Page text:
Cotton v. GGNSC Batesville, LLC et al
ORDER granting 30 Motion for Reconsideration re 21 Order on Motion for Miscellaneous Relief; denying 13 Motion to Dismiss. Signed by District Judge Debra M. Brown on 7/23/14. (bds)
IN THE UNITED STATES DISTRICT COURT
FOR THE NORTHERN DISTRICT OF MISSISSIPPI
SHIRLEY COTTON, as Administratrix of
the Estate of Ida Roberson (deceased), and
on behalf of her heirs and wrongful death
GGNSC BATESVILLE, LLC, d/b/a
Golden Living Center Batesville; GGNSC
ADMINISTRATIVE SERVICES, LLC;
GOLDEN LIVING; and GOLDEN
ORDER DENYING MOTION TO DISMISS
PROCEEDING AND TO COMPEL ARBITRATION
This is a wrongful death action originally brought in the Circuit Court of Panola County
by Plaintiff Shirley Cotton against various entities associated with Golden Living Center
Batesville, the nursing facility at which her deceased mother, Ida Roberson, received treatment in
April and May 2011.
Plaintiff alleges that Golden Living Center Batesville provided
substandard care that proximately caused her mother’s death. The case was removed to this
Court on the basis of diversity jurisdiction.1 Doc. #1 at 2. This matter is before the Court on
Defendants’ Motion to Dismiss Proceeding and to Compel Arbitration, Doc. #13, and on
Defendant’s Motion for Reconsideration, Doc. #30.
The action was removed by Defendants GGNSC Batesville, LLC, and GGNSC Administrative Services, LLC, who
represented that the remaining named defendants do not exist. Doc. #1 at 1 n.1. Plaintiff has not challenged this
assertion. Accordingly, this Court will operate under the assumption that Defendants GGNSC Batesville, LLC, and
GGNSC Administrative Services, LLC, are the only defendants in this matter.
Defendants have moved to dismiss this matter and to compel arbitration based on an
arbitration agreement executed by Plaintiff, purportedly on behalf of her mother. Doc. #14. “A
two-step analysis is applied to determine whether a party may be compelled to arbitrate. First,
[the court] ask[s] if the party agreed to arbitrate the dispute. If so, [the court] then ask[s] if any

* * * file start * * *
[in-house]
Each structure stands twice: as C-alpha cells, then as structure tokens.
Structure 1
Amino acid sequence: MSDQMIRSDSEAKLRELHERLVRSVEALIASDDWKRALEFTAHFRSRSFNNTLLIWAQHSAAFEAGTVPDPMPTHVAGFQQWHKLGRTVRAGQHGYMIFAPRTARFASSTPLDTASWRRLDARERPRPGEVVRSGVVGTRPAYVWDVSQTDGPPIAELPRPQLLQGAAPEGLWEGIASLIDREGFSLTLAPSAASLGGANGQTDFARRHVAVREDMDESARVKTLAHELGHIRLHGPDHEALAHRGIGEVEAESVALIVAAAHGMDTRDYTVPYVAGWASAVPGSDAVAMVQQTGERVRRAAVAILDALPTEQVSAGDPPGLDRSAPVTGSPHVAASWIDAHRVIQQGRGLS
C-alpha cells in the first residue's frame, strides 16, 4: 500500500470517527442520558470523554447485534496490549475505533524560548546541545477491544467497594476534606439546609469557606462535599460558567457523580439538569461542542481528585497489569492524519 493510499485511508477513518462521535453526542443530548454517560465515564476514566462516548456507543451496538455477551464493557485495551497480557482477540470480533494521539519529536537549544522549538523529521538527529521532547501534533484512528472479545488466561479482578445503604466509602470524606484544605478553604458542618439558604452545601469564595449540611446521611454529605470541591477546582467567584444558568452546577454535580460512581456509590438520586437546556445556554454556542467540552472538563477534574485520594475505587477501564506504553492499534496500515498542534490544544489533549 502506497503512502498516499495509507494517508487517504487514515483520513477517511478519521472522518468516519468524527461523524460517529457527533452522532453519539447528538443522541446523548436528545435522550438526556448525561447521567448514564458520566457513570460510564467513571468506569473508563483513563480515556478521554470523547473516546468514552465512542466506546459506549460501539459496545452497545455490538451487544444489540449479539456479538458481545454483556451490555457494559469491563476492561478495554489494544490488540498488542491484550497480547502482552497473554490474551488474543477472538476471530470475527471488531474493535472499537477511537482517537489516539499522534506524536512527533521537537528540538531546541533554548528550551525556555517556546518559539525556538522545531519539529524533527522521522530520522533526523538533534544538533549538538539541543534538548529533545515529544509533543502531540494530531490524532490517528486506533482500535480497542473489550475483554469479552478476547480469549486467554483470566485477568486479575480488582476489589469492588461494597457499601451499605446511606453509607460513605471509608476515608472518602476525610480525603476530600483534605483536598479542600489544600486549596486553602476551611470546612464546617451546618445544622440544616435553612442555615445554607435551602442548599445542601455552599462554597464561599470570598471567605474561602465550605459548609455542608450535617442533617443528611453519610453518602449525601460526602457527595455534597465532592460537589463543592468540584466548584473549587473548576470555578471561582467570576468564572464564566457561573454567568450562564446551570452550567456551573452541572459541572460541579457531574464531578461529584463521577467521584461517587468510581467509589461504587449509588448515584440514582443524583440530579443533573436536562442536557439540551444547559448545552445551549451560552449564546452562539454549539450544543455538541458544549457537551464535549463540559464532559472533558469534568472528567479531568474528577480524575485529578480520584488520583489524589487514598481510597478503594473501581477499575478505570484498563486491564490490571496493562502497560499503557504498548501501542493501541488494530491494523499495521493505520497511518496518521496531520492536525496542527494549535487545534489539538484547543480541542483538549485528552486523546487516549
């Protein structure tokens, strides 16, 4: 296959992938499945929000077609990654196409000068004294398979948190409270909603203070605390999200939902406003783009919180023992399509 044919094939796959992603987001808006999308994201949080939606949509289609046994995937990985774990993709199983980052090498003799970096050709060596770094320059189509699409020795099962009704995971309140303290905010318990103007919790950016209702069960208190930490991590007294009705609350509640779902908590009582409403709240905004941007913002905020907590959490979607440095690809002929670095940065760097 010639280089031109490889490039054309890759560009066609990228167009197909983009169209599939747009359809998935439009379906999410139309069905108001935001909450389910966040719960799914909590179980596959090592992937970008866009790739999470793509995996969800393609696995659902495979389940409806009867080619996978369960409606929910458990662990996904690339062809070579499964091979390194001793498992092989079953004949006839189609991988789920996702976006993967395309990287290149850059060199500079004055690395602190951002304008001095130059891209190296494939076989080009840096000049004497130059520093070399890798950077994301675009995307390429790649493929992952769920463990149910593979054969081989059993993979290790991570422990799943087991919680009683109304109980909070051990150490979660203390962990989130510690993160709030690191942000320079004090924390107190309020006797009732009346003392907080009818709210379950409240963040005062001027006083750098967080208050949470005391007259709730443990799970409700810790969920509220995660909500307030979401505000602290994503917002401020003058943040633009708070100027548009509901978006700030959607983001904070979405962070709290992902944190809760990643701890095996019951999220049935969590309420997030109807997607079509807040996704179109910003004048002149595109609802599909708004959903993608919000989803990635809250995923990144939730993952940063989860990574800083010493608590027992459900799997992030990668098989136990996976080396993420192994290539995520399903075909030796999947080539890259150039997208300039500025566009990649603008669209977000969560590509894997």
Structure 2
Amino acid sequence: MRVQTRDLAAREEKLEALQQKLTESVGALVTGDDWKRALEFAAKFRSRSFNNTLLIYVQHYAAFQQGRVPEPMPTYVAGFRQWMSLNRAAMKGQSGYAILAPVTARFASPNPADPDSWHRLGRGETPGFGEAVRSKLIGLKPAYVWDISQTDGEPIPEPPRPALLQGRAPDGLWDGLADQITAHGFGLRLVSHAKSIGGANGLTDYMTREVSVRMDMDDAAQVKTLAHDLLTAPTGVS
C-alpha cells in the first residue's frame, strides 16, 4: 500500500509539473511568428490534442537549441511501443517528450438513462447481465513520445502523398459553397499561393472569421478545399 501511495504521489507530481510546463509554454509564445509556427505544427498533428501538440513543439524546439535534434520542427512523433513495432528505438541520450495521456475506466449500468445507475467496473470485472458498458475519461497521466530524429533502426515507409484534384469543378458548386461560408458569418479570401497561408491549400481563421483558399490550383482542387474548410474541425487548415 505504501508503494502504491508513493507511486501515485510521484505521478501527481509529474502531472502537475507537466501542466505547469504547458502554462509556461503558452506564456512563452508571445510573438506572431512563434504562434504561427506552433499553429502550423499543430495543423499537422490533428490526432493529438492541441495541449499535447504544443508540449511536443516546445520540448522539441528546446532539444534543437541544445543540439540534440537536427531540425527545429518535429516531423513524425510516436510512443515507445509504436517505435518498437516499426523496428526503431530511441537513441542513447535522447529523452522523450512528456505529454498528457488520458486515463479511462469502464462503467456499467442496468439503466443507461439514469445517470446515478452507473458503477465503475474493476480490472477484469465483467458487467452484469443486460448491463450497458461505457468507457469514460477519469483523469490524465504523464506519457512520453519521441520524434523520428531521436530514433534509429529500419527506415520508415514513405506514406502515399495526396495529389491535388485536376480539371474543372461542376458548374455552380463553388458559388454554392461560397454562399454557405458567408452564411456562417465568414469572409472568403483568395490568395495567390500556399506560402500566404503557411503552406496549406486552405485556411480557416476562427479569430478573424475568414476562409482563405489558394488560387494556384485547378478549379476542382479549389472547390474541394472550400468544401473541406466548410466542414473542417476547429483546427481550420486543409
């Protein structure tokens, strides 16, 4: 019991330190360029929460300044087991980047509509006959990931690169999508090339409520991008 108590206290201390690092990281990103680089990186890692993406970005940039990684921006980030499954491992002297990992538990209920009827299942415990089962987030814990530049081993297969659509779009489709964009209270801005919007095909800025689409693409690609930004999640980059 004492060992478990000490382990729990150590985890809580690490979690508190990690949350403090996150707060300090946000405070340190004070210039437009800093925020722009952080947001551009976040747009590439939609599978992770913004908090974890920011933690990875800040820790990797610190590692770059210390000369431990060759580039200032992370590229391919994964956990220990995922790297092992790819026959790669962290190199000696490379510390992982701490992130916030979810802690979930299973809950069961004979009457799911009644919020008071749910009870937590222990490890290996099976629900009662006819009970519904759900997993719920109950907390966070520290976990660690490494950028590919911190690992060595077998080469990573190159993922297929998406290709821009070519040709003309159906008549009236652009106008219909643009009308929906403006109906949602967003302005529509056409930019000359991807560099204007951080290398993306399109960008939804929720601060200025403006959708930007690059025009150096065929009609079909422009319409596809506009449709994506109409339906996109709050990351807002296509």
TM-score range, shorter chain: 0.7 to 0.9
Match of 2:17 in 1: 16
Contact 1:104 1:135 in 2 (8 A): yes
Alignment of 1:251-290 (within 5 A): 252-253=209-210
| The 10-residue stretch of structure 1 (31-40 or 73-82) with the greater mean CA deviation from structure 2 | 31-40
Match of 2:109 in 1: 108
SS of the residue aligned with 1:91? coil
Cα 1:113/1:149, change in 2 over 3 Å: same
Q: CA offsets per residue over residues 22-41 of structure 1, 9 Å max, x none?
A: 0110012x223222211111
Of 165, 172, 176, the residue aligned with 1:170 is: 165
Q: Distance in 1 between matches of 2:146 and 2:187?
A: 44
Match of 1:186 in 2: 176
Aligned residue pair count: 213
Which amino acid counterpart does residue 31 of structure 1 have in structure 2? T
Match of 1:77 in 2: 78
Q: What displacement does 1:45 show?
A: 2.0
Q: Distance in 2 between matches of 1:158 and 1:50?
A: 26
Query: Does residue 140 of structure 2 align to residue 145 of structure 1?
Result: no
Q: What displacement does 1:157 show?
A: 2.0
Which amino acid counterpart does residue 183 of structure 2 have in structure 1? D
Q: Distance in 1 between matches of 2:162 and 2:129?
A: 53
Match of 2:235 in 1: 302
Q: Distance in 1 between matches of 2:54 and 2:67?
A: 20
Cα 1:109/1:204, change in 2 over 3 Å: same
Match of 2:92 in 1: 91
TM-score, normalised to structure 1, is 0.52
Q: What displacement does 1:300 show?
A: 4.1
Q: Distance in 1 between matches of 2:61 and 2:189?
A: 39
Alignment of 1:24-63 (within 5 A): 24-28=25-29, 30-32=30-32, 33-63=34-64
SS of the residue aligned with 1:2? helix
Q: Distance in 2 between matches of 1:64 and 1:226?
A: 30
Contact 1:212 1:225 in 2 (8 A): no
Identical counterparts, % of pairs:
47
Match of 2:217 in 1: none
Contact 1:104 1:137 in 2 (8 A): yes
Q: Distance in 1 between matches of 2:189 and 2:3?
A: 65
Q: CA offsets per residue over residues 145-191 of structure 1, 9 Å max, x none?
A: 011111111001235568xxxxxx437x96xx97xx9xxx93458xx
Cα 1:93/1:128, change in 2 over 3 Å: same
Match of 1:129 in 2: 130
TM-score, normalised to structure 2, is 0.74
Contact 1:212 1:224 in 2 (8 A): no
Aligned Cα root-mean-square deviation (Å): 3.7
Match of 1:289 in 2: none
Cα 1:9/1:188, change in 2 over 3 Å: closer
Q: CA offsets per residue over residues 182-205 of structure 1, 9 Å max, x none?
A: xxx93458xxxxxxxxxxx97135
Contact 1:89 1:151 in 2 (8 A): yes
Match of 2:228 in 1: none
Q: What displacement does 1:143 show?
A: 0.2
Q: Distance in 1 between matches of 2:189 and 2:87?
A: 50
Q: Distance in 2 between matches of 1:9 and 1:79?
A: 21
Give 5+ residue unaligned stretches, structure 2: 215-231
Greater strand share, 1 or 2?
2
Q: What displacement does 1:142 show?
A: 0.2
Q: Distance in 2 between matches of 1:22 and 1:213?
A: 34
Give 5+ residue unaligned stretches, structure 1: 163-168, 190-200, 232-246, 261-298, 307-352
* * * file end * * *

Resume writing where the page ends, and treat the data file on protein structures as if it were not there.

federal statute or policy renders the claims nonarbitratable.” Sherer v. Green Tree Servicing,
LLC, 548 F.3d 379, 381 (5th Cir. 2008) (internal citations omitted). Here, neither party argues
that arbitration is barred by a federal statute or policy. Accordingly, resolution of Defendants’
motion to compel hinges on whether the parties agreed to arbitrate the dispute. Id.
In order to determine whether parties agreed to arbitrate a dispute, the court must answer
two questions: “(1) is there a valid agreement to arbitrate the claims and (2) does the dispute in
question fall within the scope of that arbitration agreement.” Sherer, 548 F.3d at 381. These
questions, in turn, are answered by applying relevant state law. First Options of Chicago, Inc. v.
Kaplan, 514 U.S. 938, 943 (1995) (“When deciding whether the parties agreed to arbitrate a
certain matter … courts generally … should apply ordinary state-law principles that govern the
formation of contracts.”); see also Cook v. GGNSC Ripley, LLC, 786 F.Supp.2d 1166, 1169
(N.D. Miss. 2011) (citing Kaplan, 514 U.S. at 943). The required elements must be proven by a
preponderance of the evidence by the party seeking to compel arbitration. Grant v. Houser, 469
Fed.App’x 310, 315 (5th Cir. 2012) (citing Banks v. Mitsubishi Motors Credit of Am., Inc., 156
Fed.App’x 710, 712 (5th Cir. 2005)).
In support of their motion, Defendants submitted an “Admission Agreement” providing
for the medical care of Ida Roberson at the Golden Living Center. Doc. #23-2. The Admission
Agreement, which was dated April 19, 2011, listed Golden Living Center and Ida Robertson as
the sole parties to the agreement. Id. The document was signed by Plaintiff as the “person duly
authorized by Resident or by law to execute this Admission Agreement.” Id. at 10. The first
page of the Admission Agreement contains a Table of Contents which lists “Alternative Dispute
Resolution Agreement” as an included document. Id. at 1.
Defendants have also submitted an undated Alternative Dispute Resolution Agreement
between “Golden Living Center” and Ida Roberson (“ADR Agreement”) signed by Plaintiff as
the “Agent” of her mother. Doc. #23-1 at 5. The ADR Agreement provides that “[t]he parties
agree that any disputes covered by this Agreement (‘Covered Disputes’) that may arise between
them shall be resolved exclusively by an ADR process that shall include mediation and, where
mediation is not successful, binding arbitration.”
Id. at 1.
The ADR Agreement defined